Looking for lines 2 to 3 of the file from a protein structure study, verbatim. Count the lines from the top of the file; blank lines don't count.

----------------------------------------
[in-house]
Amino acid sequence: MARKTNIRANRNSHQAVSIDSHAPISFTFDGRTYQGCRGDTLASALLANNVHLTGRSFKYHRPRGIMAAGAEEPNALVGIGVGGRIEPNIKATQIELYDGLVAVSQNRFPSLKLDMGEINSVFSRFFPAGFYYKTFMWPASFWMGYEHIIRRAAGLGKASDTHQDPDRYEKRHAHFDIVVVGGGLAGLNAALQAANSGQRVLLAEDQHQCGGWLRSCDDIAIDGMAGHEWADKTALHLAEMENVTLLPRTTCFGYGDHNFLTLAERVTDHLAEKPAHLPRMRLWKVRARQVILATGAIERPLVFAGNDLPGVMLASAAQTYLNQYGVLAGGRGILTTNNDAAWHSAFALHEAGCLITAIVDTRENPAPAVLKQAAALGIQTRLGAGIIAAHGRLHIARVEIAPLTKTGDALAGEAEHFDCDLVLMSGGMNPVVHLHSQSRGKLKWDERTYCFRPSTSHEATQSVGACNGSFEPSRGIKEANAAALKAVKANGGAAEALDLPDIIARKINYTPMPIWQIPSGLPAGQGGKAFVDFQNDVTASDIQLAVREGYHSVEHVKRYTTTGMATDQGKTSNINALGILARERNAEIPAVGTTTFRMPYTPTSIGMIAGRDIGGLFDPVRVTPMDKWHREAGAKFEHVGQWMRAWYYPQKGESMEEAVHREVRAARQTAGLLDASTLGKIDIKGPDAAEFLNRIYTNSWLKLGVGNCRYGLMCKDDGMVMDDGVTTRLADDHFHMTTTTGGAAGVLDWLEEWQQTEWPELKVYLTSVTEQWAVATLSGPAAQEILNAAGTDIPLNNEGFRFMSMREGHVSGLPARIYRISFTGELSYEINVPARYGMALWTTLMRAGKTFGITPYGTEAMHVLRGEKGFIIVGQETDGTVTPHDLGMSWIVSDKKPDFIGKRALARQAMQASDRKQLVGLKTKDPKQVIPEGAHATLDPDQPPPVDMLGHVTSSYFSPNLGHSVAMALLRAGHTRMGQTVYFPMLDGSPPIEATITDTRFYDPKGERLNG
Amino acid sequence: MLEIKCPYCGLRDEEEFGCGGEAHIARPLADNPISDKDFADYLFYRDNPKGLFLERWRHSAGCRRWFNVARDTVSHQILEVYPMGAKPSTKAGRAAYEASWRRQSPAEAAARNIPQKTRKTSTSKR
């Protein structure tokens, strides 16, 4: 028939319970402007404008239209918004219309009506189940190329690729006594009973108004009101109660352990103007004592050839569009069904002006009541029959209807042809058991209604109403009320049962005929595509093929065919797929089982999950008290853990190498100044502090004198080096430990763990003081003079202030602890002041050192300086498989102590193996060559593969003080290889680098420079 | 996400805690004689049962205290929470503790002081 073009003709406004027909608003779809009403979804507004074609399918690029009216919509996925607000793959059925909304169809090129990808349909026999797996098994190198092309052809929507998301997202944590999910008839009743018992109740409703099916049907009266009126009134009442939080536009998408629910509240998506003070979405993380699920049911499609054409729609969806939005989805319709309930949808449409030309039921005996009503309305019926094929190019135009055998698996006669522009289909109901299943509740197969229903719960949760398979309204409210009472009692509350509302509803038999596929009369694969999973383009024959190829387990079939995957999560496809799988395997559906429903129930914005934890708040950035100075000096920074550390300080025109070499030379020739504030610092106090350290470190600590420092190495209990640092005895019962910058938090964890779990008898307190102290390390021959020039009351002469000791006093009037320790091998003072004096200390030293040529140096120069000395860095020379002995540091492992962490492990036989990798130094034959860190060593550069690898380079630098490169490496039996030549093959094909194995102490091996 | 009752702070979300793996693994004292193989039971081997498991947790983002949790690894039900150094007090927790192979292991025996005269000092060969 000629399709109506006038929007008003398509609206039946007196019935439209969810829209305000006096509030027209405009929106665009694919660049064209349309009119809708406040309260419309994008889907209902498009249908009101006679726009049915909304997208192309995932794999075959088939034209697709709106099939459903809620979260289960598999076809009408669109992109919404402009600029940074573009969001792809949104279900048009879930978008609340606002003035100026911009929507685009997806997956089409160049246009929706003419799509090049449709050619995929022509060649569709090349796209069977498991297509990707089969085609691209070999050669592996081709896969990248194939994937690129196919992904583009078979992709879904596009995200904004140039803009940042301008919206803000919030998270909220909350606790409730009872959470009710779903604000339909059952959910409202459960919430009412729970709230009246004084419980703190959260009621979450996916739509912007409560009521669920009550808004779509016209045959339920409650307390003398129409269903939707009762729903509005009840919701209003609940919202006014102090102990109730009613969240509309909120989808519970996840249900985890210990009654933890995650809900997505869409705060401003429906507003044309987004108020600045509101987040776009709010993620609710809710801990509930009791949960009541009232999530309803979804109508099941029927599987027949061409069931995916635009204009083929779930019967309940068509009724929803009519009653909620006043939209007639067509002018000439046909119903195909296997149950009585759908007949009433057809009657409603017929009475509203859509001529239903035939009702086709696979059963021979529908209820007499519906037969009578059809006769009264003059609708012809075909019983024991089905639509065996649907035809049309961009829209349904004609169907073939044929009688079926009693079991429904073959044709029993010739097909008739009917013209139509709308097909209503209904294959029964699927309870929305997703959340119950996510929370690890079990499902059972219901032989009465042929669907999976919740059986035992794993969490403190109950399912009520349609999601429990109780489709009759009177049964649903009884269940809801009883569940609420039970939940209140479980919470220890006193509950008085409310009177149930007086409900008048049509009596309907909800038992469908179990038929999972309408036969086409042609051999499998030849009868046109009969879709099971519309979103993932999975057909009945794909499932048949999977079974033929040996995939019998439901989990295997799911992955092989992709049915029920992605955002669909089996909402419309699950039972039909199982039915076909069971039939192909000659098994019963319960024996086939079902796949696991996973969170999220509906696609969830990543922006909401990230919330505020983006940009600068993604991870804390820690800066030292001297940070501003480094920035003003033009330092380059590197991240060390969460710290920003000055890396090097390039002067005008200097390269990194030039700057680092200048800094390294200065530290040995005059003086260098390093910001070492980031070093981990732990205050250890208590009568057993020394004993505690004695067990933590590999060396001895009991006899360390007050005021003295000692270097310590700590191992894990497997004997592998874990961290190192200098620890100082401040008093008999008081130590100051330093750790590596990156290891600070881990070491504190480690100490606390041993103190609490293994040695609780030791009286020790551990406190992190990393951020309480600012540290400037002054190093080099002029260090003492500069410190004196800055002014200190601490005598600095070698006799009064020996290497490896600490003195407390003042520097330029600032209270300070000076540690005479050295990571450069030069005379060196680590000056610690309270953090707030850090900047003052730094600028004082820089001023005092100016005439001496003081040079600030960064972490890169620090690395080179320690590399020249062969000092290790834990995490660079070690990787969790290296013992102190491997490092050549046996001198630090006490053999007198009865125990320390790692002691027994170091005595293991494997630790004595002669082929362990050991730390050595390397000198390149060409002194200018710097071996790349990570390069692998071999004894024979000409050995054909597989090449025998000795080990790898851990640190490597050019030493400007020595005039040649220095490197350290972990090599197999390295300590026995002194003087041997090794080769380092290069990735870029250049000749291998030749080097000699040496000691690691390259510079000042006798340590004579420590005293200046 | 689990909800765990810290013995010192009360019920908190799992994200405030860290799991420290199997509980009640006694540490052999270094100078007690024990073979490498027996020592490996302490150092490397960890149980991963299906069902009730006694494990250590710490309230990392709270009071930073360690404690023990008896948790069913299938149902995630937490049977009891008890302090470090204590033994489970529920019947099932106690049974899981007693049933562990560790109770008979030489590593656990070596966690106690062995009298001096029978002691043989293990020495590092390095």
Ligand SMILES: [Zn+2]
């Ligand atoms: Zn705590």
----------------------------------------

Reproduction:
Amino acid sequence: MARKTNIRANRNSHQAVSIDSHAPISFTFDGRTYQGCRGDTLASALLANNVHLTGRSFKYHRPRGIMAAGAEEPNALVGIGVGGRIEPNIKATQIELYDGLVAVSQNRFPSLKLDMGEINSVFSRFFPAGFYYKTFMWPASFWMGYEHIIRRAAGLGKASDTHQDPDRYEKRHAHFDIVVVGGGLAGLNAALQAANSGQRVLLAEDQHQCGGWLRSCDDIAIDGMAGHEWADKTALHLAEMENVTLLPRTTCFGYGDHNFLTLAERVTDHLAEKPAHLPRMRLWKVRARQVILATGAIERPLVFAGNDLPGVMLASAAQTYLNQYGVLAGGRGILTTNNDAAWHSAFALHEAGCLITAIVDTRENPAPAVLKQAAALGIQTRLGAGIIAAHGRLHIARVEIAPLTKTGDALAGEAEHFDCDLVLMSGGMNPVVHLHSQSRGKLKWDERTYCFRPSTSHEATQSVGACNGSFEPSRGIKEANAAALKAVKANGGAAEALDLPDIIARKINYTPMPIWQIPSGLPAGQGGKAFVDFQNDVTASDIQLAVREGYHSVEHVKRYTTTGMATDQGKTSNINALGILARERNAEIPAVGTTTFRMPYTPTSIGMIAGRDIGGLFDPVRVTPMDKWHREAGAKFEHVGQWMRAWYYPQKGESMEEAVHREVRAARQTAGLLDASTLGKIDIKGPDAAEFLNRIYTNSWLKLGVGNCRYGLMCKDDGMVMDDGVTTRLADDHFHMTTTTGGAAGVLDWLEEWQQTEWPELKVYLTSVTEQWAVATLSGPAAQEILNAAGTDIPLNNEGFRFMSMREGHVSGLPARIYRISFTGELSYEINVPARYGMALWTTLMRAGKTFGITPYGTEAMHVLRGEKGFIIVGQETDGTVTPHDLGMSWIVSDKKPDFIGKRALARQAMQASDRKQLVGLKTKDPKQVIPEGAHATLDPDQPPPVDMLGHVTSSYFSPNLGHSVAMALLRAGHTRMGQTVYFPMLDGSPPIEATITDTRFYDPKGERLNG
Amino acid sequence: MLEIKCPYCGLRDEEEFGCGGEAHIARPLADNPISDKDFADYLFYRDNPKGLFLERWRHSAGCRRWFNVARDTVSHQILEVYPMGAKPSTKAGRAAYEASWRRQSPAEAAARNIPQKTRKTSTSKR